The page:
Jani Radebaugh, Geological Sciences
In this proposal, we proposed to: (1) undertake a global study of peak heights and slopes of mountains on Titan to determine the relative importance of tectonism and erosion, and thereby gain a better understanding of the timing of mountain formation and subsequent evolution by erosion. We also proposed to: (2) complete general global and detailed regional structure maps to investigate the orientation of forces required to build the selected mountains. We will investigate the role of liquids in the lithosphere in fault propagation and mountain formation, similar to Critical Wedge Theory, explored extensively on Earth. Finally, we planned to: (3) map the six major mountain types at the south polar and equatorial regions to determine the relative ages of mountainous features and distribution of processes across Titan. Such a study will provide us with a better understanding of mountains, which are a major landform on Titan and are important for the geologic history. A study of mountains on Titan will also lead to increased knowledge of mountain formation and evolution on other planets.
Over the past year, this research has been undertaken by PI Radebaugh and by Brigham Young University geological sciences graduate student Zac Yung-Chun Liu, assisted by undergraduate student David Mackay.
Graduate student Zac Liu analyzed the formation of mountains on Titan through creation of an analytical model utilizing lateral forces integrated with subsurface fluids. His paper on the topic, written by him as first author, went for review to the tier-one journals Nature and Nature Geoscience, twice for the second journal. In the end, the paper was rejected by both journals, which is not unusual for these venues. We are revising to resubmit to Planetary and Space Science at the beginning of the year. Zac presented his work at the Lunar and Planetary Science Conference in Houston in March 2014, and at the American Geophysical Union meeting in San Francisco in December 2014.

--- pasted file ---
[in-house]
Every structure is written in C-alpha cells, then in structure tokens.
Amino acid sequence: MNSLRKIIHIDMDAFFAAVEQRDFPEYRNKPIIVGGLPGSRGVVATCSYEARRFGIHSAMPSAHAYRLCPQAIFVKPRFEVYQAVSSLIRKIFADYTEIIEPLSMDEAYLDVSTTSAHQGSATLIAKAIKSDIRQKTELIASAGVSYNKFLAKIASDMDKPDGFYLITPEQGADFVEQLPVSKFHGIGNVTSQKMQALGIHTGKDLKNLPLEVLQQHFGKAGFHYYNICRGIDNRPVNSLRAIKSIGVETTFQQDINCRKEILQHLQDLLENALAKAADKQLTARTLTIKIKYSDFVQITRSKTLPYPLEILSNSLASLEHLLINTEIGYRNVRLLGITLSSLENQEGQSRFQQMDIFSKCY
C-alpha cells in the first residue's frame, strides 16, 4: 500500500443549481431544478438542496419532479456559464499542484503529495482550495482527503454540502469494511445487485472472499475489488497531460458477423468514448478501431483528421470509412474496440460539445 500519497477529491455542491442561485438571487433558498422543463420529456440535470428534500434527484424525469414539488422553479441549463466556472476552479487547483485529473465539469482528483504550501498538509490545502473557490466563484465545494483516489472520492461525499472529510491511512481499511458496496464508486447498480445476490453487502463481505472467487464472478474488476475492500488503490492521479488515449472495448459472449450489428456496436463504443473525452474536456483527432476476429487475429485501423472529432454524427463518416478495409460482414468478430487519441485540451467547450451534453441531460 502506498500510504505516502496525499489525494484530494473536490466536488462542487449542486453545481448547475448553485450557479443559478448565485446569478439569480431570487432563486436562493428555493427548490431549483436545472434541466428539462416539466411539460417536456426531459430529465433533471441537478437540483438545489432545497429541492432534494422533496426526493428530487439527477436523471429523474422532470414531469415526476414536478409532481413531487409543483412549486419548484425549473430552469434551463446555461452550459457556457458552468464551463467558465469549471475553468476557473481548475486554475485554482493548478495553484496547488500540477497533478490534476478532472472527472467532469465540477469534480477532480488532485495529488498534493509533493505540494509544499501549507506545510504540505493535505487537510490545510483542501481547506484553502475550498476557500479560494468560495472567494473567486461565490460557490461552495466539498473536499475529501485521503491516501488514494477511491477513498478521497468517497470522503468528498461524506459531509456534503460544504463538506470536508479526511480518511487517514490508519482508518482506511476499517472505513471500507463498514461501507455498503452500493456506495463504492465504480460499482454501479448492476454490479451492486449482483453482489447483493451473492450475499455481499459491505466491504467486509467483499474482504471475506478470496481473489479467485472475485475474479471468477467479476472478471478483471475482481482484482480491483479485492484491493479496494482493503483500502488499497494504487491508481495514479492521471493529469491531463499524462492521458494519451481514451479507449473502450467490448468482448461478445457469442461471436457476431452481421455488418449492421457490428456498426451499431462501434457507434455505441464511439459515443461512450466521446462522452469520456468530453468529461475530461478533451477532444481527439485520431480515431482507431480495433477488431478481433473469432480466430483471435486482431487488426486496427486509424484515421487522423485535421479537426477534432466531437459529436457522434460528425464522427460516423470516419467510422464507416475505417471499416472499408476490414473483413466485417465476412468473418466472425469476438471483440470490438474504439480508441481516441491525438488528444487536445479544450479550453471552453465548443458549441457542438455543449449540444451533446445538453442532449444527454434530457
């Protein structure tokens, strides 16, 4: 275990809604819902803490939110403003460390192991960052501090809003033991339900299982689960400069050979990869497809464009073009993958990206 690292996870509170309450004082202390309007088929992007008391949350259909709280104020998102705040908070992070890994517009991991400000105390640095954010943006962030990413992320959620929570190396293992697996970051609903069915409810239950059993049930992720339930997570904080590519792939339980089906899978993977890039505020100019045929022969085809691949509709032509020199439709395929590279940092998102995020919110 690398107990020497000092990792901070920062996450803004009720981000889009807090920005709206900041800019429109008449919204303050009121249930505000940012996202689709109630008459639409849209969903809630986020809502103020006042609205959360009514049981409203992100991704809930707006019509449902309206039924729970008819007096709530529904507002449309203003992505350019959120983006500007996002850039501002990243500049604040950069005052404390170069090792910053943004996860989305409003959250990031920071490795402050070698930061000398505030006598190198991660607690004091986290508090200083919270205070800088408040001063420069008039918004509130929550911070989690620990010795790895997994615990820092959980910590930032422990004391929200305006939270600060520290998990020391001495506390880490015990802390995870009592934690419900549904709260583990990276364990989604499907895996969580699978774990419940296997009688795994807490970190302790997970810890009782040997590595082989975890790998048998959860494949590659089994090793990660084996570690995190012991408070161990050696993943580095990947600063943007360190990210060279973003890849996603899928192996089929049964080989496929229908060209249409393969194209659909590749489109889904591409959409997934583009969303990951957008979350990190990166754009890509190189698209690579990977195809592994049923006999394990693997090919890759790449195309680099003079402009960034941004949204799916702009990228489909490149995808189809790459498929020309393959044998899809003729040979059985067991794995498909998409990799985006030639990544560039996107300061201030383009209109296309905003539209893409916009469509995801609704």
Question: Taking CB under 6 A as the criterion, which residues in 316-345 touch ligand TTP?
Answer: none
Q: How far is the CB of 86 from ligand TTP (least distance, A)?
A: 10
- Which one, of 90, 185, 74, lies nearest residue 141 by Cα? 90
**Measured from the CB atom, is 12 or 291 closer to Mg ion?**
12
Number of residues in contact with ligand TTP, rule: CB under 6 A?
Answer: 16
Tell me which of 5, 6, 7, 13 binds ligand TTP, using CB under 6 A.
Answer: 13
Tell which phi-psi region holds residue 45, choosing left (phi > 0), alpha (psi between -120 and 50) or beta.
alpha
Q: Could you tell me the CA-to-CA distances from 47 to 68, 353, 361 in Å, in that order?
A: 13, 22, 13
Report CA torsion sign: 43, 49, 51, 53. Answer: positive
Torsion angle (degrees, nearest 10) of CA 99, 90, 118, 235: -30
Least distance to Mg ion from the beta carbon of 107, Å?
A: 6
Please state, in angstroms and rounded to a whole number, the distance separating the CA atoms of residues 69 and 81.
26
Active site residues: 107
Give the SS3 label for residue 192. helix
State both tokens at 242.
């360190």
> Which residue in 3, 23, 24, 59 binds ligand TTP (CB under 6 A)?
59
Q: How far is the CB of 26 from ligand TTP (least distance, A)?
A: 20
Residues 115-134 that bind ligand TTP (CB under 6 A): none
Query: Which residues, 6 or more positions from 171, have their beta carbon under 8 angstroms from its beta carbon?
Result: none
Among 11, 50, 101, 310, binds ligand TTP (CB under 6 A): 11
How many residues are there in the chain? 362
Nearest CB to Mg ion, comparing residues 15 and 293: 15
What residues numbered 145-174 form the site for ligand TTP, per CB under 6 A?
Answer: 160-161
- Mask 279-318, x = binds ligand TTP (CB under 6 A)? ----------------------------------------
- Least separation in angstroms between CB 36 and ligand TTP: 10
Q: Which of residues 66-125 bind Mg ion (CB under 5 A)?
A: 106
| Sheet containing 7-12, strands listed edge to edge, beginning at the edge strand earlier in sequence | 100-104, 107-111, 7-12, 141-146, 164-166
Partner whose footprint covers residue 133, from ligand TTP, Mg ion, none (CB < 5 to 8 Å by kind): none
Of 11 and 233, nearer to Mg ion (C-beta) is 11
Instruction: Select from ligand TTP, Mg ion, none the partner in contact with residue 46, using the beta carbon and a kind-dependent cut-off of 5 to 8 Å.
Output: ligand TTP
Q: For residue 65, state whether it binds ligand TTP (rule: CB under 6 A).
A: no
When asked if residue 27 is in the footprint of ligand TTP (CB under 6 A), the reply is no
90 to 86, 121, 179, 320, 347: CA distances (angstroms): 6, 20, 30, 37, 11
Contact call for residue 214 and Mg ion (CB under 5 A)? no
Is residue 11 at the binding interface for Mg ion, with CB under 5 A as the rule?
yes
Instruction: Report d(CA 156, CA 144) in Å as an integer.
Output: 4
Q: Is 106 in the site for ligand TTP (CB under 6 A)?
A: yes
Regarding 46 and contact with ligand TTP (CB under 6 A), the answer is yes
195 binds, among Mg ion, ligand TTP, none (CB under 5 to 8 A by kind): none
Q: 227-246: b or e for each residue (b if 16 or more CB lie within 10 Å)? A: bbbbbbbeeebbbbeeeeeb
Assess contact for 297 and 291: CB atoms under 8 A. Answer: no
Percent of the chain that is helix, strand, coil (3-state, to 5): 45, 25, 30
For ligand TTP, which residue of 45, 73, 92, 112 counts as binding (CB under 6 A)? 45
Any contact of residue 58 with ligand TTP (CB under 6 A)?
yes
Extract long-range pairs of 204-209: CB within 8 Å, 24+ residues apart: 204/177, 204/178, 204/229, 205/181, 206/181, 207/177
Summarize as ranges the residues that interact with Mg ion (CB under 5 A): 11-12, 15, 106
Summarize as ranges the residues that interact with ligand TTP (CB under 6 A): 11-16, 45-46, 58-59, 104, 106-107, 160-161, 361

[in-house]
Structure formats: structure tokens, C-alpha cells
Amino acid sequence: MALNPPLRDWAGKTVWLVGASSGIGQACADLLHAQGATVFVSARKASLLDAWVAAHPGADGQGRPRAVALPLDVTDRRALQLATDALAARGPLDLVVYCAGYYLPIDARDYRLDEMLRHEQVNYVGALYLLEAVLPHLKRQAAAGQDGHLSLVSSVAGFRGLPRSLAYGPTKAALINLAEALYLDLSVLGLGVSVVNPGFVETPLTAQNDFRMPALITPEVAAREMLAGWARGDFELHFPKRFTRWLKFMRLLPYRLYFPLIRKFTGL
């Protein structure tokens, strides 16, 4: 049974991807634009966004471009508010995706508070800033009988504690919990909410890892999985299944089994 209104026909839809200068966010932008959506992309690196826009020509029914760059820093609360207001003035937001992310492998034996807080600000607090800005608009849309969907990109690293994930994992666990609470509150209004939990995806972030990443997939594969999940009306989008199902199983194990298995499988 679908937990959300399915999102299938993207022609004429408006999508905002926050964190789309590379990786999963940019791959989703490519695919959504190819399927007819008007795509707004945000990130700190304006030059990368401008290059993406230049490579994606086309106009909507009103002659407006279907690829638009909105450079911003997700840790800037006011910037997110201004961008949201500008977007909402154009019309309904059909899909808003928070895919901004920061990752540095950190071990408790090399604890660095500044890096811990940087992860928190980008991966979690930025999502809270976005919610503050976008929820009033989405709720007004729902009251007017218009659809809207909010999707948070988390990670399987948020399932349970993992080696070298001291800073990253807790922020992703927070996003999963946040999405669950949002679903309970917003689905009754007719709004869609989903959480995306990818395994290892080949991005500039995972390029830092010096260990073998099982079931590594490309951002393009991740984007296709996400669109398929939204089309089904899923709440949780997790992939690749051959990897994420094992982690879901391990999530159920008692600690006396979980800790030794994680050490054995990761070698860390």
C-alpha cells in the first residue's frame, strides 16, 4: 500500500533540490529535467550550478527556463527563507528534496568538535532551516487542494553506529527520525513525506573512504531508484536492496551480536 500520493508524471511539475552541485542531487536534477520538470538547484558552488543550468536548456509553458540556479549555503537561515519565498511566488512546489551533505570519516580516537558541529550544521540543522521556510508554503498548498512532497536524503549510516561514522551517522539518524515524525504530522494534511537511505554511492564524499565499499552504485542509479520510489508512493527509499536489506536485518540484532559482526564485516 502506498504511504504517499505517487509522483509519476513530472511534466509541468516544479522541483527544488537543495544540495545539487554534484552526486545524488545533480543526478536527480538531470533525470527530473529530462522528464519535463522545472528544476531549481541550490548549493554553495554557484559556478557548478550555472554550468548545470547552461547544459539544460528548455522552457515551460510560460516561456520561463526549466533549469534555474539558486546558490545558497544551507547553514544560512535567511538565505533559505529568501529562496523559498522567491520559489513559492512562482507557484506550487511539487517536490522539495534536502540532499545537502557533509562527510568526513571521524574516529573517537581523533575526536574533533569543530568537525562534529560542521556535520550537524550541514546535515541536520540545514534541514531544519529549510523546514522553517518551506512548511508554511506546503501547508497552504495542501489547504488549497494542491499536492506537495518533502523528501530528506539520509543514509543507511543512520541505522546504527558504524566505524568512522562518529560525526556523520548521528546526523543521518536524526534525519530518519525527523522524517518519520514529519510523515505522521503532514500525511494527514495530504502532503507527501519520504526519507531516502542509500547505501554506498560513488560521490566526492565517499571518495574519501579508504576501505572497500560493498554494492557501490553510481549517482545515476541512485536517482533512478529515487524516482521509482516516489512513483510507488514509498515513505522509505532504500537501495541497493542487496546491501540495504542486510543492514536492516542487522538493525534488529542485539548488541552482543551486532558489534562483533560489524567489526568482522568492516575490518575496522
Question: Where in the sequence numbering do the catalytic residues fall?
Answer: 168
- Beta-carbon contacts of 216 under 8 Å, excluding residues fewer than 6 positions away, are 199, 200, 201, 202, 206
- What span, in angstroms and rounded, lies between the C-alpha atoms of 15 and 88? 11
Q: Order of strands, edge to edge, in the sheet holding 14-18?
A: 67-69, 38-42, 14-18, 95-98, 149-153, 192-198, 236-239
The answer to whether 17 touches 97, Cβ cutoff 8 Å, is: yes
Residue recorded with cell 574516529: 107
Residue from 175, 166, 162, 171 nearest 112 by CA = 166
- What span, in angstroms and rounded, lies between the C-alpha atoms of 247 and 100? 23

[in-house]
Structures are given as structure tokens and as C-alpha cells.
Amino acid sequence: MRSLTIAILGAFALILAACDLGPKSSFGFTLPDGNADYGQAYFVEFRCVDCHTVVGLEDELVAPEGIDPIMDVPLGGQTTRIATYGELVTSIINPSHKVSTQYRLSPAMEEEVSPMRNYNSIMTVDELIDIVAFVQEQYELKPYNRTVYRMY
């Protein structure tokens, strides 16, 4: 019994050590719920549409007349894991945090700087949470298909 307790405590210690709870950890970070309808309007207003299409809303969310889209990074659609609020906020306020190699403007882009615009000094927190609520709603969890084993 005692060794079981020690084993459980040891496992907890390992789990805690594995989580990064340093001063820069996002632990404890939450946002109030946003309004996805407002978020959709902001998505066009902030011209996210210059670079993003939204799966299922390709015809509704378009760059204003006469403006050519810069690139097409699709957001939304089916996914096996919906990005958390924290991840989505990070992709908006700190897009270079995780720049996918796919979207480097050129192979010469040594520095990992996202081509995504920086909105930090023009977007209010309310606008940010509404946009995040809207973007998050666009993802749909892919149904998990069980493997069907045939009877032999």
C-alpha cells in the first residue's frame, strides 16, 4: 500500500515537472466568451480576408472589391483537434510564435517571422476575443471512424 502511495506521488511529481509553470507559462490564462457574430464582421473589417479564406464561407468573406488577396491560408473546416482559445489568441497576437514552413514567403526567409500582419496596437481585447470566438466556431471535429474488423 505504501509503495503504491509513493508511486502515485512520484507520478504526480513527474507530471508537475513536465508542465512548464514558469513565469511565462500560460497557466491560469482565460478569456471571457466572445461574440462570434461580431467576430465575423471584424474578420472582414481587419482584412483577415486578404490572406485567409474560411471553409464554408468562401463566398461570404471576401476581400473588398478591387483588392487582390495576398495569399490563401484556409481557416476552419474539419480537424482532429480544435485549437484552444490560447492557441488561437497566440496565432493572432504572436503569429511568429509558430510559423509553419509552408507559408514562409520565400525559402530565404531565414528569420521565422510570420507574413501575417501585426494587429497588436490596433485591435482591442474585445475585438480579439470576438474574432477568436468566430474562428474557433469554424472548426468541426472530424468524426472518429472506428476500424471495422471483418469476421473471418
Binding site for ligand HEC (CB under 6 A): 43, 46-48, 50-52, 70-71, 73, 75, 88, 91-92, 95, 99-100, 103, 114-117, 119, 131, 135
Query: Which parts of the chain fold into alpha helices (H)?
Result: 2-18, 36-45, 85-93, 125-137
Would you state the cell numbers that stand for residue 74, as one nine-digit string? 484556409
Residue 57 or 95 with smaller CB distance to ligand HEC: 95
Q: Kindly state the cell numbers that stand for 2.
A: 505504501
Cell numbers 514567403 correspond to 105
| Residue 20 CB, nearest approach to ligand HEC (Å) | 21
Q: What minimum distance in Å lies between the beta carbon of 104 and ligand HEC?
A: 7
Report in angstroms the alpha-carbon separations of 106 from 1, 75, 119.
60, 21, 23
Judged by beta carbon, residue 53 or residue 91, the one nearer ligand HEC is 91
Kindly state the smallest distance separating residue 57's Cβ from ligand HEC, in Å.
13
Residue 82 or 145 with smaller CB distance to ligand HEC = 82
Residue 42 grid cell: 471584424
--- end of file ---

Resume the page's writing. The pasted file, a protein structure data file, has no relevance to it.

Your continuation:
Under Zac’s mentoring (and mine), undergraduate student David Mackay has been mapping different kinds of mountains across Titan. His work will contribute to another publication under work by Zac on mountain distributions. Both of these papers by Zac are offshoots of his MS thesis, completed in August this year. Zac is now in a PhD program at Arizona State University, and David is continuing his analyses of mountains as a mentored student.
- Liu, Z.Y.C., J. Radebaugh, R. Harris and E.H Christiansen. Liquid hydrocarbons and fluid overpressures explain contractional structures on Titan. Planetary and Space Science, in prep.
- Liu, Z.Y.C., J. Radebaugh, R. Harris and E.H Christiansen. Distribution of Mountains on Titan. Icarus, in prep.
- Liu, Z.Y.C. 2013. Mountain formation on Titan. Titan workshop, Boston, MA, August 2013.
- Liu, Z.Y.C., J. Radebaugh, R. Harris and E.H Christiansen 2013. Liquid hydrocarbons and fluid overpressures explain contractional structures on Titan. LPS XLIV Abstract 1851.
- Liu, Z.Y.C., J. Radebaugh, R. Harris and E.H Christiansen 2013. Mountain formation and distribution on Titan. AGU Abstracts with programs, Annual Meeting.
- Liu, Z.Y.C., J. Radebaugh, R. Harris and E.H Christiansen, C.D. Neish, R.L. Kirk, R.D. Lorenz and the Cassini RADAR Team 2014. Global Structural mapping and elevation of Titan’s mountain ridge belts: Implications for tectonic evolution. LPS XLV Abstracts.
- Liu, Z.Y.C., J. Radebaugh, R. Harris and E.H Christiansen 2014. Role of Fluids and Atmosphere in the Tectonic Evolution of Titan. AGU Abstracts with programs, Annual Meeting.